Raasch is plays guitar on fewer tracks now, allowing him to be more of a lead singer.
“Watch out for my dance moves and butt shaking,” he teases. “Gotta give the people what they want.”
Twin Brother will play their first show with the new lineup this Saturday, February 25, at Cactus Club with King Courteen and Jacob Metcalf (Dallas, TX).
The band is working on a new album and the first single is due out next week. On March 14, Twin Brother will appear on a WMSE Local/Live from Club Garibaldi. That same week they will return to Garibaldi for a show with Mark Waldoch on Saturday, March 18.
A cruel stroke of irony hit the second night of the Strange Fruit music festival in Milwaukee, which was created “to explore the thoughts and emotions of local musicians, regarding the current climate of racial relations both in Milwaukee and the country as a whole.”
That day Syville K. Smith was gunned down by a police officer in the Sherman Park neighborhood. Hours later frustrated residents lit portions of their neighborhood ablaze, thrusting Milwaukee into the international spotlight.
A renewed sense of determination ran through the final night of Strange Fruit, while Milwaukee musicians across genres responded to the civil unrest.
The next weekend a beloved East Side venue closed its doors and a Riverwest band hung up their instruments. On the plus side, a new band debuted at Cactus Club’s 20th Anniversary, Lorde Fredd33 and Q the Sun dropped a new track, and the Ruby Yacht camp blessed us with a new video. Also, I had an okay time at a “Quiet Clubbing” event.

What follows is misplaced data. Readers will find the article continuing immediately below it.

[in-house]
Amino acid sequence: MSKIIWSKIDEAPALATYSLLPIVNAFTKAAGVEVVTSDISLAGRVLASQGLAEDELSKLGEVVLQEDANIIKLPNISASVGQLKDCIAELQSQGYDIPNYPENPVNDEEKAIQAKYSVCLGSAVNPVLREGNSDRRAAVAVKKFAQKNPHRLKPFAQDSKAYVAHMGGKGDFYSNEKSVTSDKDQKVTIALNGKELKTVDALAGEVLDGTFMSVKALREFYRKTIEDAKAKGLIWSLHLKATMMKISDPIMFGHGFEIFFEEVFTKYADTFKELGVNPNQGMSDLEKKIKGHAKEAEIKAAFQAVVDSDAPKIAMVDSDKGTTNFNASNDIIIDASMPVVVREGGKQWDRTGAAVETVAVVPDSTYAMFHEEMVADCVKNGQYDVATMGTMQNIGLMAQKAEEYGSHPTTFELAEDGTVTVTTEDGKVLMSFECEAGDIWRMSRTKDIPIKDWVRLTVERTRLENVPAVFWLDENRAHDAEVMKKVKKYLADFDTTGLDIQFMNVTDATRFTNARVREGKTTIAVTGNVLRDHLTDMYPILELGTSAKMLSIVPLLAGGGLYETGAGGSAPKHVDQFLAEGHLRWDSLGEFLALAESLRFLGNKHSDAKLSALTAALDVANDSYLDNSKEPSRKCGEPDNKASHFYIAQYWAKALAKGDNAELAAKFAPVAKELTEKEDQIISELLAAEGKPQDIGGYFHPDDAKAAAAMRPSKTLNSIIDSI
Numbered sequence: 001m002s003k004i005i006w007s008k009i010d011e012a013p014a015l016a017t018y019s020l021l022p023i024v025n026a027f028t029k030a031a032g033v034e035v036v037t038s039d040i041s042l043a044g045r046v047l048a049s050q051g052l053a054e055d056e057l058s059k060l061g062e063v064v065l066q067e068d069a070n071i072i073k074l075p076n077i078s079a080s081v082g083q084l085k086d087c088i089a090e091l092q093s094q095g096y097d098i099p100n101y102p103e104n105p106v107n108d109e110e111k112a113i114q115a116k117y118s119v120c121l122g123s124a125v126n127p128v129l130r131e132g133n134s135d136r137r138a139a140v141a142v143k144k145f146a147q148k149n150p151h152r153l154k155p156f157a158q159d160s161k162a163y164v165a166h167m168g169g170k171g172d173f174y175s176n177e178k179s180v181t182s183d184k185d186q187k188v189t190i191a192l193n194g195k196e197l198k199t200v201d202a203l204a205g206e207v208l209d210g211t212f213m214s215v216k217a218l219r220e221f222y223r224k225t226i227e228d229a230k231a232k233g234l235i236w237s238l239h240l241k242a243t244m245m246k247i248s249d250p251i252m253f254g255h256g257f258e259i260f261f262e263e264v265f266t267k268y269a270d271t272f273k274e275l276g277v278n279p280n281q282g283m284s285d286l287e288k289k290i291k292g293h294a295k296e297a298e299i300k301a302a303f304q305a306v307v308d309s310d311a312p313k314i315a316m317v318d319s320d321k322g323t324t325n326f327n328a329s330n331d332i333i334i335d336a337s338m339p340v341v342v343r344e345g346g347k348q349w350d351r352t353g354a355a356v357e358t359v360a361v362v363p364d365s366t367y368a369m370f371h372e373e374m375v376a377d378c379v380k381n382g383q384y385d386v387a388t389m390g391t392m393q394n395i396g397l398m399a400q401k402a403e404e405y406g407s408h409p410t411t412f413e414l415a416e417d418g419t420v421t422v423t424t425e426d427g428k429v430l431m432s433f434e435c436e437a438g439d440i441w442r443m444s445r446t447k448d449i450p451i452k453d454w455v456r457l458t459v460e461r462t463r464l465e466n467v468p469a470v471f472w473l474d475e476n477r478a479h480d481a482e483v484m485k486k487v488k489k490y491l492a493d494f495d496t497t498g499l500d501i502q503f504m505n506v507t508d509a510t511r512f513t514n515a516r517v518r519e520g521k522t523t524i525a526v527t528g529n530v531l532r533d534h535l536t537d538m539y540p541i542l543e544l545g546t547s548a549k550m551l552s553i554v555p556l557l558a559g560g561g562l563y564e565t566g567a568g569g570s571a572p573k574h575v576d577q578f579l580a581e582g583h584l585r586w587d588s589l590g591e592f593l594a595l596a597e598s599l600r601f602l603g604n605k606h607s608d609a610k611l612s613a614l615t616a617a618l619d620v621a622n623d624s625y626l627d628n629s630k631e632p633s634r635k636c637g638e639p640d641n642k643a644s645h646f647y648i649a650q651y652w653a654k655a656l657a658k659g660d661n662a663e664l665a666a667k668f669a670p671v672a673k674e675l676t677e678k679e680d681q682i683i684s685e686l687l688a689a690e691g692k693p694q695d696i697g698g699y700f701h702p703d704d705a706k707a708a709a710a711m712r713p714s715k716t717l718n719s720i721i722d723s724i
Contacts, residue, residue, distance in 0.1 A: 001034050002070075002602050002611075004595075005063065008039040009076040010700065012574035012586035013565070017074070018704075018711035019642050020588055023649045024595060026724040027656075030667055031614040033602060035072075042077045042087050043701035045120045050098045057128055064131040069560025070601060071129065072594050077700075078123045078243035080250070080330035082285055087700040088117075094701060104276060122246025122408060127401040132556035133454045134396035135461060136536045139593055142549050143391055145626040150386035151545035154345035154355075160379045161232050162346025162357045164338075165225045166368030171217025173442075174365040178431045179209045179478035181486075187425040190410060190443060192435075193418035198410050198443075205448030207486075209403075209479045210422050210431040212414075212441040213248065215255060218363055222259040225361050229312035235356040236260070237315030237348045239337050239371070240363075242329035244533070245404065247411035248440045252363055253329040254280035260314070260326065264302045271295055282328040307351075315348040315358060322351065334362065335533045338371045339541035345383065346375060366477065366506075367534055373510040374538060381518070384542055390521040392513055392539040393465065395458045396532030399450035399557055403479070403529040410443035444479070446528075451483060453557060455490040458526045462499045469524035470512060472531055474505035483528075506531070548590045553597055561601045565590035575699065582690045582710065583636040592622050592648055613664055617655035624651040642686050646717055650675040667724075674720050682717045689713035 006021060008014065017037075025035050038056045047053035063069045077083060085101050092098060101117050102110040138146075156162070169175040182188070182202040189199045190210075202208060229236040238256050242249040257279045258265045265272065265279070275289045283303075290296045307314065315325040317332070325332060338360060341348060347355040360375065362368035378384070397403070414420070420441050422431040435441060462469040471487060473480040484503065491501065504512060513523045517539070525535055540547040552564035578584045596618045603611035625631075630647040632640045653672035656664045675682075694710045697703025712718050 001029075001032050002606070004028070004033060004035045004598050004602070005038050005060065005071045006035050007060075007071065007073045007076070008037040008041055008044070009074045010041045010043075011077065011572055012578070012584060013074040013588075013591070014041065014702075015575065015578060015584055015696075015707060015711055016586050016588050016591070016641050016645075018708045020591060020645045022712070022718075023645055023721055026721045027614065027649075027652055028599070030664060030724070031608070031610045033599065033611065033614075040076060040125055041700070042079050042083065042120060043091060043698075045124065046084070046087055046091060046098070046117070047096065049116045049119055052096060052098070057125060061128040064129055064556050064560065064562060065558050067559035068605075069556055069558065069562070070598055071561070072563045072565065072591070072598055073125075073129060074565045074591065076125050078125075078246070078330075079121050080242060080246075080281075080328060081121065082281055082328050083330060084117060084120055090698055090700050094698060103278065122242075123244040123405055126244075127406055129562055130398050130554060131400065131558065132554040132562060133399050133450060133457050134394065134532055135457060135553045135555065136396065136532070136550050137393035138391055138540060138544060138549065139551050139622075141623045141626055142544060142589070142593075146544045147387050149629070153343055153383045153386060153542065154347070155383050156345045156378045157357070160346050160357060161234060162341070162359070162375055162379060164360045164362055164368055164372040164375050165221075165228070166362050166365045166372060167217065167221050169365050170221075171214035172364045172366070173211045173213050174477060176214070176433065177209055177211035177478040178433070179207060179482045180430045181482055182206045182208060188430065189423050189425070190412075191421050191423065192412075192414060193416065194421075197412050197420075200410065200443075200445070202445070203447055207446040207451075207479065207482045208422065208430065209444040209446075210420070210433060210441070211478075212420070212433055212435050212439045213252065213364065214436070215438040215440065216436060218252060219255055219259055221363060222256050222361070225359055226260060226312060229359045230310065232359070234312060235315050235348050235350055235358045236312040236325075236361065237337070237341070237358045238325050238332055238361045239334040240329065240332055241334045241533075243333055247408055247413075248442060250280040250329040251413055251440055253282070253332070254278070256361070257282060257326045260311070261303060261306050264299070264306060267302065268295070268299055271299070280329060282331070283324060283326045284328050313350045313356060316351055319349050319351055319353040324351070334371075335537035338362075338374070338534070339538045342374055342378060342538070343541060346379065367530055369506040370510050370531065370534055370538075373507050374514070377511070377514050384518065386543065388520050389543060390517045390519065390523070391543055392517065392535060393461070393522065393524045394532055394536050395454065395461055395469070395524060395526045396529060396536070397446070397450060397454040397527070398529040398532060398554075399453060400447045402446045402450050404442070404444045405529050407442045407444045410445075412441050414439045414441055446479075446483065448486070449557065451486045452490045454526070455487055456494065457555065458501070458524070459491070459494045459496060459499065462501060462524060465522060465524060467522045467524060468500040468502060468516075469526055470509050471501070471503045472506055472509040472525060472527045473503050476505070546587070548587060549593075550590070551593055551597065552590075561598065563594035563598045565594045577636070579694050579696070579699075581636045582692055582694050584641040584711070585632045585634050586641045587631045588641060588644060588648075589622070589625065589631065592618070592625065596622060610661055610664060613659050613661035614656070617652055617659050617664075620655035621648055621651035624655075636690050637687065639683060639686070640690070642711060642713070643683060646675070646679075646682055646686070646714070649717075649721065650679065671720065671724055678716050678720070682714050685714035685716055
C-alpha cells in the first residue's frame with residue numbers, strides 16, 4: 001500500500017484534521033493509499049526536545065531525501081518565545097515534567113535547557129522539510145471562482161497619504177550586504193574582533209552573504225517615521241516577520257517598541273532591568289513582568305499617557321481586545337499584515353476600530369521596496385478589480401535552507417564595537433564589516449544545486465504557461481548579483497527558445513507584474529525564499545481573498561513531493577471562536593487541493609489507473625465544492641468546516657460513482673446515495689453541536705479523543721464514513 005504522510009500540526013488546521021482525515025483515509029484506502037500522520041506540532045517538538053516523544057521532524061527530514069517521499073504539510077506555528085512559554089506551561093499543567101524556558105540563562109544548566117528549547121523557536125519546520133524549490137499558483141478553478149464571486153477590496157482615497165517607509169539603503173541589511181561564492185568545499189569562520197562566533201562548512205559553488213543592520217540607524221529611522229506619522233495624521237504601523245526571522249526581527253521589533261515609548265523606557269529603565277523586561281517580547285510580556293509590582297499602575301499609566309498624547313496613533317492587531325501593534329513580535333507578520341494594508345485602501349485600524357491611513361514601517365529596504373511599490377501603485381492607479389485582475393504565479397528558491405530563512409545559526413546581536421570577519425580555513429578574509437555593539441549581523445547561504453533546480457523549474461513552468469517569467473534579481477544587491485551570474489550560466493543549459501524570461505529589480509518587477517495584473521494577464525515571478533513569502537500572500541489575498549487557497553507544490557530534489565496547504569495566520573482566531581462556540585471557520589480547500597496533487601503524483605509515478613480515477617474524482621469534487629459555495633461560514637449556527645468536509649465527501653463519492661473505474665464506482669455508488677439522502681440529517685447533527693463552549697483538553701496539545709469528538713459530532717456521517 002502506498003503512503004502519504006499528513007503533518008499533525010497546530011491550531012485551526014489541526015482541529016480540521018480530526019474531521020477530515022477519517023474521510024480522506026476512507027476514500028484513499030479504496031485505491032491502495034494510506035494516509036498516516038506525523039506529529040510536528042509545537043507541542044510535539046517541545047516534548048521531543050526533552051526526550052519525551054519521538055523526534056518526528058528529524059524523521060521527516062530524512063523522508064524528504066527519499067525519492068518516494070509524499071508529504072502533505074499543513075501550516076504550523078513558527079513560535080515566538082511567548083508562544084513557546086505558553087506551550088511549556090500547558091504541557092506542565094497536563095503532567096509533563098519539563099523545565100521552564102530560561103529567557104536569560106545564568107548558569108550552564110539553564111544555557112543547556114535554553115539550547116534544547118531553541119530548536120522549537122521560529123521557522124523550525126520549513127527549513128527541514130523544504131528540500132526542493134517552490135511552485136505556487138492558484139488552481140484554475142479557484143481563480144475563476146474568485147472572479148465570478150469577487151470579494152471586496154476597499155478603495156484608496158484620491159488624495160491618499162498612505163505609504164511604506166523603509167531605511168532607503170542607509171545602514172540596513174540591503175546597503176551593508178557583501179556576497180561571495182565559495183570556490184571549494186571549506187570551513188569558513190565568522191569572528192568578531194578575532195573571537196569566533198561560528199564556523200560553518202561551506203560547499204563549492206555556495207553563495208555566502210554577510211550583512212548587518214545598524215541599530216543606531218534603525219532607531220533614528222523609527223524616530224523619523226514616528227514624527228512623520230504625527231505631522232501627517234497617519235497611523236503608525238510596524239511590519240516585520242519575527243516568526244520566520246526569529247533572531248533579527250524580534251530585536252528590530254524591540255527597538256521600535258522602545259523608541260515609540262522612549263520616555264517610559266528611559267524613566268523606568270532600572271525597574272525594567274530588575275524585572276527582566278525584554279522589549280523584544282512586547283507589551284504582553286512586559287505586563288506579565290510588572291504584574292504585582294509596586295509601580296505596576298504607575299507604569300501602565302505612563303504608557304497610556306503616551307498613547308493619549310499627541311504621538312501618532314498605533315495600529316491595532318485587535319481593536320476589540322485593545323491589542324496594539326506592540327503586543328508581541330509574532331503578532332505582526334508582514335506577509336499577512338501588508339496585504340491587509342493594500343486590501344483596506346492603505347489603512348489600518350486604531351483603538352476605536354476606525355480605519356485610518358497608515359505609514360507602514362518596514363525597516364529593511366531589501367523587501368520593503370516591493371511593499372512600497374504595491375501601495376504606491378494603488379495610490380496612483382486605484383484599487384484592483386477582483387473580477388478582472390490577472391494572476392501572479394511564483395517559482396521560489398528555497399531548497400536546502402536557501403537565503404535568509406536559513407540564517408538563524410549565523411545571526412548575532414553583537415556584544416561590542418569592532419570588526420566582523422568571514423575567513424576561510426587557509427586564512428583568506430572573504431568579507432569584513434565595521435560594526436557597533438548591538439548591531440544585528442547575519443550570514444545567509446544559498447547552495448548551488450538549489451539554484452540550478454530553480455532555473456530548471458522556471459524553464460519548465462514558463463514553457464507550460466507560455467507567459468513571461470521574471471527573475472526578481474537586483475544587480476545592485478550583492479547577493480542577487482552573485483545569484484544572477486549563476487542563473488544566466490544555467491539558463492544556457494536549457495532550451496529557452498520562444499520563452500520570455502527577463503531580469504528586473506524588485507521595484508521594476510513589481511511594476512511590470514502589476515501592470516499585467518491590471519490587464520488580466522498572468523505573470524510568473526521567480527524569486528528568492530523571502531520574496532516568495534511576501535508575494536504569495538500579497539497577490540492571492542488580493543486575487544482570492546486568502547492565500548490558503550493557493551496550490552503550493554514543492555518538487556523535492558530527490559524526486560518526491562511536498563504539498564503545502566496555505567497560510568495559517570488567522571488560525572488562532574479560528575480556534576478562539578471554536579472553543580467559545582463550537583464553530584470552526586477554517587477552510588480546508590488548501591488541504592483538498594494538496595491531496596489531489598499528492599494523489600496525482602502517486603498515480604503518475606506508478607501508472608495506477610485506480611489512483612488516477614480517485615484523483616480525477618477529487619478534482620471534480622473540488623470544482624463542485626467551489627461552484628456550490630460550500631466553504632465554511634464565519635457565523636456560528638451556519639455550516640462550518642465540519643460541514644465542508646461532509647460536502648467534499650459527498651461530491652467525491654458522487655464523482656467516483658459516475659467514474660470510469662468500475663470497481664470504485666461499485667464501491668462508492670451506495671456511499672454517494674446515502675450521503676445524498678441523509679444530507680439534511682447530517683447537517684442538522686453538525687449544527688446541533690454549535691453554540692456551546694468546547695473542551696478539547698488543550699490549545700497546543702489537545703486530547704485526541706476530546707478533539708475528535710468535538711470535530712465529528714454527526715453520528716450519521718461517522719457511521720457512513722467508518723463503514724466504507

Klassik in NYC and Strange Fruit
Local hip-hop heavyweight Klassik has evolved over the course of his career. In the beginning he was a promising producer. The single “Boogie” cemented his status as a hitmaker, garnering him a 2012 Radio Milwaukee Award for Artist of the Year and 2013 WAMI for Hip-Hop Artist of the Year. Over the last few years he has emerged as both a powerful solo performer and a strong collaborator (Foreign Goods, Group of the Altos). Klassik’s music has moved into more experimental territory, adding modulation to his voice and using various effects.
On Friday August 12, Klassik played his first show in New York City. It was in support of Minus Pedro’s EP release, a group fronted by Milwaukee-native Bassey Etim. I spoke with Kellen “Klassik” Abston about his experience in NYC and playing the Strange Fruit festival later that weekend amid the unrest that exploded in the Sherman Park neighborhood.